Being able to produce all of those colours isn’t useful unless a monitor can do it accurately – and here the CG318-4K excels again. The measurement of accuracy is called Delta-E – or perhaps I should call it a measurement of inaccuracy, as the bigger the number, the more inaccurate it is – and the Spyder4Elite measures colours its knows to check how close the monitor is to them.
The CG318-4K’s average Delta-E was 0.62 and the maximum was 1.04 – exceptional when compared to the Z27x, which had an impressive average of 0.9 but a max of 3.9. The 5K iMac’s average Delta-E was 1.66 – higher than the CG318-4K’s maximum – with its own maximum being 5.0.
In short, the CG318K-4K’s accuracy is the best around.
Eizo CG318K-4K review: Calibration
Calibrating the CG318K-4K using a device such as Spyder4Elite is unnecessary for anything else except testing. The monitor has a hardware calibrator built-in, that pops out like a robot arm when you trigger it from the monitor’s menu system or from ColorNavigator NX.
Besides amusing passers by, it also does a better job of calibrating your monitor than the Spyder, as tools like that essentially just change what colours the graphics card outputs to match what the hardware calibrators sees during testing. The built-in calibrator changes the monitor’s output to match what’s coming out of the graphics card – which gives more accurate results overall.
The built-in calibrator is also less hassle that hanging the Spyder4Elite off your monitor like a ocular yo-yo – though of course you can’t use it to calibrate more than one screen.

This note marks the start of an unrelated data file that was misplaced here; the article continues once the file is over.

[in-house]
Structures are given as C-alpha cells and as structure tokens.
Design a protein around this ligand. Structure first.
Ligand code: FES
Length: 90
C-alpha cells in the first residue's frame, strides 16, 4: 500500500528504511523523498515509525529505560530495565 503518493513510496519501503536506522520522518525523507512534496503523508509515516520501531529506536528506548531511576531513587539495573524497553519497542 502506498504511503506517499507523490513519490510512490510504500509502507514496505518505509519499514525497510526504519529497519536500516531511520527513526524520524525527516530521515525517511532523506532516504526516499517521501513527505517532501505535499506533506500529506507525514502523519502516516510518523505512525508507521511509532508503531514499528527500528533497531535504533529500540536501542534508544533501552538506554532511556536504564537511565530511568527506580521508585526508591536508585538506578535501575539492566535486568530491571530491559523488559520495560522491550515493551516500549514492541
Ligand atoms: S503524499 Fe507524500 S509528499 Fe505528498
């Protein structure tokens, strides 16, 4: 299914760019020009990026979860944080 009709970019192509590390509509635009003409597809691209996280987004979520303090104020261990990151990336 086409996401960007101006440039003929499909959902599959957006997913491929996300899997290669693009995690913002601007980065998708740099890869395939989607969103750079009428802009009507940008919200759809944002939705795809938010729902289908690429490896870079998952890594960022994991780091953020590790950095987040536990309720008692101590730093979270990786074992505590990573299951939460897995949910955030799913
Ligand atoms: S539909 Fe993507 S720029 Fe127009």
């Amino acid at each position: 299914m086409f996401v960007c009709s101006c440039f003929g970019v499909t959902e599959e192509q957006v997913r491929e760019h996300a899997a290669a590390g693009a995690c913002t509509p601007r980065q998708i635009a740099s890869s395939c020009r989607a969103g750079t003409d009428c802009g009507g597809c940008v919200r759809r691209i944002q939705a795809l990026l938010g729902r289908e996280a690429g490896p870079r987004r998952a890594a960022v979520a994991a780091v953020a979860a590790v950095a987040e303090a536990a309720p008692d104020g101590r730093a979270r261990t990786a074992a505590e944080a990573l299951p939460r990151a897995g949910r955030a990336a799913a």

Eizo CG318K-4K review: Ports
The CG318K-4K has two DisplayPort 1.2 ports – so it can display its 4K resolution at 60Hz. Some older 4K or UHD monitors could only output 4K at 30Hz, so they wouldn’t show animation or video at more than 30fps, and movement of the mouse pointer and other elements wouldn’t be as smooth.
There are also two HDMI 1.4 ports for plugging in consumer devices if you want, though these will display video at 30Hz. As most professional graphics cards have DisplayPort 1.2 output these days, this isn’t a problem.
There’s also a USB hub, which you’ll either appreciate or find irrelevant.
Eizo CG318K-4K review: Software
The ColorNavigator NX software is currently still in beta, though we didn’t see any stability issues. As so much of the CG318K-4K’s calibration is taken care of for you, for many users the software is just a way to change trigger the calibration or change the monitor’s output colour space slightly easier than using the on-screen control.
There are some more advanced features that some studios will appreciate though – such as ways to match colours across multiple monitors and use custom LUTs.
Eizo CG318K-4K review: 4K screen, 4K price
The second way that you could describe the Eizo CG318-4K as a true 4K monitor is the price tag. Eizo hasn't confirmed exact pricing - and won't until the CG318-4K ships in April - but expects it to be around £4,000. Whether that figure makes you go 'how much?!' or 'sounds about right' will tell you if this is the monitor for you, as it's an appropriate price considering the quality and features of this display.
If the work you produce deserves a monitor that costs 4K and you can budget for it, this is the monitor you want.